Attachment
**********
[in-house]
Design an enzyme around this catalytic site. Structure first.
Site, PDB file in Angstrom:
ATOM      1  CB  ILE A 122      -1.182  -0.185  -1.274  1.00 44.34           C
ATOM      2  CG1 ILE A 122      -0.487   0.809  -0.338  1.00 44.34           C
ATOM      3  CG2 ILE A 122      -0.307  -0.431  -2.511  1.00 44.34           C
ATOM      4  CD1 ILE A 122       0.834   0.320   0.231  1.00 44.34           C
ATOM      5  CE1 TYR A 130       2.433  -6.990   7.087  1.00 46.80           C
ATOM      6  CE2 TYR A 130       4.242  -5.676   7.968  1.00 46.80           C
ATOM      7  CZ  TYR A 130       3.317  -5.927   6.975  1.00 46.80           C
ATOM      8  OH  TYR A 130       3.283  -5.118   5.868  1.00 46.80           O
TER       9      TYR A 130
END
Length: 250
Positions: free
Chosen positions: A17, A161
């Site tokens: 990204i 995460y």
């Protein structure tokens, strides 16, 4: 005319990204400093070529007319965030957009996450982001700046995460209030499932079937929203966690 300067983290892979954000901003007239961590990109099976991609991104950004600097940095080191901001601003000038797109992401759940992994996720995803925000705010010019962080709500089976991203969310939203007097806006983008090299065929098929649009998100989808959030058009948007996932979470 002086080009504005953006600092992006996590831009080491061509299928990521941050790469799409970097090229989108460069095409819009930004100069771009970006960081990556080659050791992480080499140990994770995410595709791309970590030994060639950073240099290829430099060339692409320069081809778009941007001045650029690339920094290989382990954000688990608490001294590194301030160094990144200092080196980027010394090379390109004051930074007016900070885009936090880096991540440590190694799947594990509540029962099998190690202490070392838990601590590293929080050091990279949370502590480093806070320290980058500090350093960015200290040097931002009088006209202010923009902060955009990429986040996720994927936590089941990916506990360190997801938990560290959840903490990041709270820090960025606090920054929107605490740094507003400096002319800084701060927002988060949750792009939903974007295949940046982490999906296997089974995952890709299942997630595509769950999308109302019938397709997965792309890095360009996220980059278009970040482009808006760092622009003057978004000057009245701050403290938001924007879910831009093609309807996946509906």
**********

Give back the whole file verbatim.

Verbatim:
[in-house]
Design an enzyme around this catalytic site. Structure first.
Site, PDB file in Angstrom:
ATOM      1  CB  ILE A 122      -1.182  -0.185  -1.274  1.00 44.34           C
ATOM      2  CG1 ILE A 122      -0.487   0.809  -0.338  1.00 44.34           C
ATOM      3  CG2 ILE A 122      -0.307  -0.431  -2.511  1.00 44.34           C
ATOM      4  CD1 ILE A 122       0.834   0.320   0.231  1.00 44.34           C
ATOM      5  CE1 TYR A 130       2.433  -6.990   7.087  1.00 46.80           C
ATOM      6  CE2 TYR A 130       4.242  -5.676   7.968  1.00 46.80           C
ATOM      7  CZ  TYR A 130       3.317  -5.927   6.975  1.00 46.80           C
ATOM      8  OH  TYR A 130       3.283  -5.118   5.868  1.00 46.80           O
TER       9      TYR A 130
END
Length: 250
Positions: free
Chosen positions: A17, A161
């Site tokens: 990204i 995460y």
């Protein structure tokens, strides 16, 4: 005319990204400093070529007319965030957009996450982001700046995460209030499932079937929203966690 300067983290892979954000901003007239961590990109099976991609991104950004600097940095080191901001601003000038797109992401759940992994996720995803925000705010010019962080709500089976991203969310939203007097806006983008090299065929098929649009998100989808959030058009948007996932979470 002086080009504005953006600092992006996590831009080491061509299928990521941050790469799409970097090229989108460069095409819009930004100069771009970006960081990556080659050791992480080499140990994770995410595709791309970590030994060639950073240099290829430099060339692409320069081809778009941007001045650029690339920094290989382990954000688990608490001294590194301030160094990144200092080196980027010394090379390109004051930074007016900070885009936090880096991540440590190694799947594990509540029962099998190690202490070392838990601590590293929080050091990279949370502590480093806070320290980058500090350093960015200290040097931002009088006209202010923009902060955009990429986040996720994927936590089941990916506990360190997801938990560290959840903490990041709270820090960025606090920054929107605490740094507003400096002319800084701060927002988060949750792009939903974007295949940046982490999906296997089974995952890709299942997630595509769950999308109302019938397709997965792309890095360009996220980059278009970040482009808006760092622009003057978004000057009245701050403290938001924007879910831009093609309807996946509906």